Rocky Mountain Coal Takes Lumps, But Not Many

Even when it seems King Coal loses, does the environment win?

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Headlines in the last week trumpeted a decision by Xcel, Colorado’s largest utility, to convert several old coal-fired power plants into natural gas plants.

The decision was hailed by some as a victory for the environment, since natural gas, when burned, results in fewer pollutants and greenhouse gases.  Some proclaimed the political power of coal on the wane in the West and natural gas ascendent.

That’s the soundbite.  The real story is more complicated. First, before we all run to embrace natural gas as the savior for clean air and a less warm climate, let’s remember what natural gas is doing to our lands.

The Piceance Basin in western Colorado, once populated mainly by ranchers, wild horses and mule deer, is now a messy hub for natural gas activity, rife with compressor stations, pipelines, roads and traffic.  There’s a road up every draw and on top of every ridge.  Well pads dot the landscape like chicken pox.  Private lands in Pennsylvania and New York may soon be similarly afflicted.  In short, natural gas production is not without its downsides.

Second, coal may have lost one round with Xcel, but it’s still booming.  And Obama’s Bureau of Land Management (BLM) is doing little to lessen the climate change costs of mining.

BLM recently set the stage for approving 3.9 billion tons of coal leases in Wyoming’s Powder River Basin.  Burning that publicly owned coal over a several-year period will result in up to 8 billion tons of CO2 emissions – about as much greenhouse gas emissions as produced by the entire U.S. economy in a single year.  Yet, BLM refused to even look at how it might require the coal companies – who will reap huge windfalls from selling a taxpayer-owned product that will poison the planet – to mitigate climate change impacts. 

It’s a stunning abdication of responsibility that flies in the face of Interior Sec. Ken Salazar’s statement that Interior, and BLM, "is taking the lead" in addressing climate change‘s impacts to, and from, public lands.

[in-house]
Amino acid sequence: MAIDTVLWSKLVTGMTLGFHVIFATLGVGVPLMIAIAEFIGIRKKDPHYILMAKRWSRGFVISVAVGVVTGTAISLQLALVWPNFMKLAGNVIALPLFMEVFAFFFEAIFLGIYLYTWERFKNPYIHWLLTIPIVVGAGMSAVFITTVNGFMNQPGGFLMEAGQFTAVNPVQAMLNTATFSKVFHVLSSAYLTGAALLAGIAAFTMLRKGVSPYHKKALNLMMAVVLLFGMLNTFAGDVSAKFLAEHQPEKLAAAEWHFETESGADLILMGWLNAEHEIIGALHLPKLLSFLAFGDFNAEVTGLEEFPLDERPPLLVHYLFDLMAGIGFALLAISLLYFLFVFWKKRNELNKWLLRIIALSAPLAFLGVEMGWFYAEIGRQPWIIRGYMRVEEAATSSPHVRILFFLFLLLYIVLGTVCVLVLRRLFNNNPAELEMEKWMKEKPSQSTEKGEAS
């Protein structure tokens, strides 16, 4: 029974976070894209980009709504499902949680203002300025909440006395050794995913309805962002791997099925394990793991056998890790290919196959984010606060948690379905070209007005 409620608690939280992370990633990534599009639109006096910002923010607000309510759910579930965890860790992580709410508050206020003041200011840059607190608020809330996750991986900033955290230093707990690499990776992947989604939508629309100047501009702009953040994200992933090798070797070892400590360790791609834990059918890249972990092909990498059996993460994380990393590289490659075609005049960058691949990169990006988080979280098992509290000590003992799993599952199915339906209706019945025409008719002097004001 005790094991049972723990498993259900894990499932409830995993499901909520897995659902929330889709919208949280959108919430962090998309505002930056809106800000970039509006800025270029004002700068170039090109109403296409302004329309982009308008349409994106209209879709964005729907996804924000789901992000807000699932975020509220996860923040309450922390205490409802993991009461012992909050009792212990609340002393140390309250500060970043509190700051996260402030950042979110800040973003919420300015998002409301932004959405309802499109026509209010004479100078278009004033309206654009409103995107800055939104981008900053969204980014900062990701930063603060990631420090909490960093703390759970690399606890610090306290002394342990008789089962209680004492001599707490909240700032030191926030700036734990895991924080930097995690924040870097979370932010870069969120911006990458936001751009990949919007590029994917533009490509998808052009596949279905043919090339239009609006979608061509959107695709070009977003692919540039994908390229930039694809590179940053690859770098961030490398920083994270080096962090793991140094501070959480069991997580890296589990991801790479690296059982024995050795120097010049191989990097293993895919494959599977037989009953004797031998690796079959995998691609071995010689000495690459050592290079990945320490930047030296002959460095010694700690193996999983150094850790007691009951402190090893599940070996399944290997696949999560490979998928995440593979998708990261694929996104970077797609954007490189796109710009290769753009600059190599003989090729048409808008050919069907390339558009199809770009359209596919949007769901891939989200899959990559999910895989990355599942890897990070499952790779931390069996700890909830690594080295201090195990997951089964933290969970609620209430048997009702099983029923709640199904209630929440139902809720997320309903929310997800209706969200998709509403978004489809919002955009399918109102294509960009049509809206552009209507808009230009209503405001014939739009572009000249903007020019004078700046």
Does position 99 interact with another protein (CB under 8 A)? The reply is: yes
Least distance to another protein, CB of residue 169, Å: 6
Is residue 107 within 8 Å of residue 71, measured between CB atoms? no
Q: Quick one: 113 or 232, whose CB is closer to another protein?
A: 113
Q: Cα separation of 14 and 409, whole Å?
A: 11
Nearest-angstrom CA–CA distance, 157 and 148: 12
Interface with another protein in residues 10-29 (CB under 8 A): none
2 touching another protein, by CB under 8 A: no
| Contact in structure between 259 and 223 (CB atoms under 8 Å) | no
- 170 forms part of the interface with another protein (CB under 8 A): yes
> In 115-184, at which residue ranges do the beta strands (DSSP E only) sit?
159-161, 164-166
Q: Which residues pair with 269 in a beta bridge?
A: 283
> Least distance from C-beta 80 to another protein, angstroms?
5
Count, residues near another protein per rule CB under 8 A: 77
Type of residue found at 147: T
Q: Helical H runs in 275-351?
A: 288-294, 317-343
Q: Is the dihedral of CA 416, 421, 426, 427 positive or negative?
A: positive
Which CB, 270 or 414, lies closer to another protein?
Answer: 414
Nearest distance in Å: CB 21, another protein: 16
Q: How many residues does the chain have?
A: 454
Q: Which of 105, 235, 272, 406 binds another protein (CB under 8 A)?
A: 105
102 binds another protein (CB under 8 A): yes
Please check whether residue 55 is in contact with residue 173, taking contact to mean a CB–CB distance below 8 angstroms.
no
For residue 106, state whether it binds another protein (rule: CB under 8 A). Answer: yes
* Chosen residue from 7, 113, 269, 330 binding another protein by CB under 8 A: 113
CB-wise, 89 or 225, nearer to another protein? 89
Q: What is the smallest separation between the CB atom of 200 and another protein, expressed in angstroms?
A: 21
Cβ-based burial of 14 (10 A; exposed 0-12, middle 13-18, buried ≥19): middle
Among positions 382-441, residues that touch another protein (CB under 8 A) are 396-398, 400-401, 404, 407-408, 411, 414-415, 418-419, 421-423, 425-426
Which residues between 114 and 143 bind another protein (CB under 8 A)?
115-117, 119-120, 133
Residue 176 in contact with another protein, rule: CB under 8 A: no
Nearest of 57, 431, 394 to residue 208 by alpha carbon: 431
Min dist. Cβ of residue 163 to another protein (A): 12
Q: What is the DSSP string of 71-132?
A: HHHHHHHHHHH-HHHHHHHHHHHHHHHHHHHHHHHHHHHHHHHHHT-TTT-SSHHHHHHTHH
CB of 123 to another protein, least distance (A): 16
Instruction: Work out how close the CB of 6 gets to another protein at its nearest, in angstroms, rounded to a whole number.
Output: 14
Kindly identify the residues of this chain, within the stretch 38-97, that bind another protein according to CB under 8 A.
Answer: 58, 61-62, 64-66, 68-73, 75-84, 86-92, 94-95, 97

It also appears that no good deed goes unpunished. One of the coal-fired power plants Xcel previously agreed to close is in Cameo, Colorado.  The mine that feeds that plant, known as the McClane Canyon Mine, will stop delivering coal to Cameo at the end of this year.  But rather than lead to less coal in the pipeline (and fewer greenhouse gases), closing the Cameo plant has caused the McClane Canyon Mine owners to look for other coal buyers.

To reach new markets, McClane will have to transport the coal by rail, requiring building new facilities.  To pay for these new facilities, McClane is proposing to double its coal production.  So the result of closing the Cameo plant may be more coal on the market, more coal up the smokestack, and more climate change.  You can’t win for losing in this business.

Finally, coal’s power comes from coal’s money, of which there’s still quite a bit.  Just ask Bill Koch, owner of Oxbow Mining with mines in Colorado and elsewhere.

Koch, one of the world’s 500 richest men, is the biggest personal donor to Colorado Rep. John Salazar, brother of Sec. Salazar.  So when Mr. Koch wanted to turn Interior Department lands near his home into his private playground, he asked Colorado pols, including Rep. Salazar for help.  And he got it.  The proposed land swap may benefit Dinosaur National Park, but it has local BLM staff – and some conservationists – fuming.

Koch’s proposed deal is just a reminder that big coal (and its money) still seems to get what big coal wants.


Ted was an attorney in the Rocky Mountain regional office from 2003–2018. He protected wilderness, roadless areas and the planet's climate on behalf of conservation groups in the Four Corners' states.